Immunisation Horizon Scanning Volume 7 Issue 6

February 23, 2016
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UK is safe from Zika virus and is helping towards a vaccine, MPs hear

February 23, 2016

Source: The BMJ, 2016;352:i692

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Date of publication: January 2016

Publication Type: News

In a nutshell: The United Kingdom is “on top of” the Zika virus in terms of warning its population about avoiding certain parts of South and Central America while the national vaccine network tackles the issue, MPs have been told.

Length of publication: 1 page


An update on immunization in UK

February 23, 2016

Source: Paediatrics and Child Health

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Date of publication: January 2016

Publication Type: Journal Article

In a nutshell: The immunization schedule changes frequently and it is important that healthcare professionals keep up to date. Parents often look to specialists for advice about vaccinating their children and place more trust in them, than government bodies. This article describes the introduction of meningococcal B and ACWY vaccines and the extension of influenza vaccine to some older children. The success of the rotavirus and maternal pertussis programmes is noted. Possible changes to the HPV and hepatitis B programmes are discussed as are vaccines for the future such as varicella, RSV and Group B streptococcus. Extra vaccines/doses for children with chronic disorders are briefly described. Keywords: hepatitis B; HPV; immunization; influenza; meningococcal ACWY; meningococcal B; pertussis; rotavirus; vaccine

Length of publication: 5 pages


School-based intervention for the prevention of HPV among adolescents: a cluster randomised controlled study

February 22, 2016

Source: BMJ Open, 2016;6:e009875.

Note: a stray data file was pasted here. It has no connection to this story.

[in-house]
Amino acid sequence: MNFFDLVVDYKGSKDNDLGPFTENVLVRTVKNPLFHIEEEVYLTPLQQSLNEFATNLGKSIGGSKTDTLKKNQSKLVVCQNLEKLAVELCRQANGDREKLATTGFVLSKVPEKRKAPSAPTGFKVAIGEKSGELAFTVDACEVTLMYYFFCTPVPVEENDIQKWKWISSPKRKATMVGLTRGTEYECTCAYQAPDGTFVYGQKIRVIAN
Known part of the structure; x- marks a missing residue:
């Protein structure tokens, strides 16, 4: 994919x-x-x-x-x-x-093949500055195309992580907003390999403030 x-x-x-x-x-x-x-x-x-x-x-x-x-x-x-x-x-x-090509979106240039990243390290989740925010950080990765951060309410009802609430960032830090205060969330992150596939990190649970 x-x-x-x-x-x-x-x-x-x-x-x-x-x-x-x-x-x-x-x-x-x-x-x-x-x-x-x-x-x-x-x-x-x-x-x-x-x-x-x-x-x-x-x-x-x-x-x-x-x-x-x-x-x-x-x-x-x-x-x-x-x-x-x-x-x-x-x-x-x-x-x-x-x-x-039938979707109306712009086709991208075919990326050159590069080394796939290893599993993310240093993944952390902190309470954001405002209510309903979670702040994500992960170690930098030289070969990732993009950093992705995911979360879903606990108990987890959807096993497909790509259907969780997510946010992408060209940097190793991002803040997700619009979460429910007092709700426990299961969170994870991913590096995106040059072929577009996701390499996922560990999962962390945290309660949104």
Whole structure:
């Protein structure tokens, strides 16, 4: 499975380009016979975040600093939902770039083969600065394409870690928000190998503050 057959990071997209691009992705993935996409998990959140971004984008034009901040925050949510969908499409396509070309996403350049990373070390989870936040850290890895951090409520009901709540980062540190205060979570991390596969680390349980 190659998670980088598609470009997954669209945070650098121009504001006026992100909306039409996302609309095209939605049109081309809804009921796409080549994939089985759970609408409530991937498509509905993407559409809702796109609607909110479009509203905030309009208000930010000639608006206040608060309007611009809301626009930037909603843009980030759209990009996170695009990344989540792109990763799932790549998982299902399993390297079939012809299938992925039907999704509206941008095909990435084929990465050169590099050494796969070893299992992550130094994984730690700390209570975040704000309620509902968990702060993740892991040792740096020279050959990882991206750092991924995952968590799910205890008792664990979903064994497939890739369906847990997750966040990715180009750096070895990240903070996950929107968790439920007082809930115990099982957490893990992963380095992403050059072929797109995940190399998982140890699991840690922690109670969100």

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Date of publication: January 2016

Publication Type: Journal Article

In a nutshell: Objective To improve primary prevention of human papillomavirus (HPV) infection by promoting vaccination and increased condom use among upper secondary school students. Design Cluster randomised controlled trial. Setting 18 upper secondary schools in Sweden. Participants Schools were first randomised to the intervention or the control group, after which individual classes were randomised so as to be included or not. Of the 832 students aged 16 years invited to participate during the regular individual health interview with the school nurse, 751 (90.2%) agreed to participate and 741 (89.1%) students completed the study. Interventions The intervention was based on the Health Belief Model (HBM). According to HBM, a person’s health behaviour can be explained by individual beliefs regarding health actions. School nurses delivered 30 min face-to-face structured information about HPV, including cancer risks and HPV prevention, by propagating condom use and HPV vaccination. Students in the intervention and the control groups completed questionnaires at baseline and after 3 months. Main outcome measures Intention to use condom with a new partner and beliefs about primary prevention of HPV, and also specifically vaccination status and increased condom use. Results All statistical analyses were performed at the individual level. The intervention had a significant effect on the intention to use condom (p=0.004). There was also a significant effect on HBM total score (p=0.003), with a 2.559 points higher score for the intervention group compared to the controls. The influence on the HBM parameters susceptibility and severity was also significant (p<0.001 for both variables). The intervention also influenced behaviour: girls in the intervention group chose to have themselves vaccinated to a significantly higher degree than the controls (p=0.02). No harms were reported. Conclusions The school-based intervention had favourable effects on the beliefs about primary prevention of HPV, and increased the HPV vaccination rates in a diverse population of adolescents.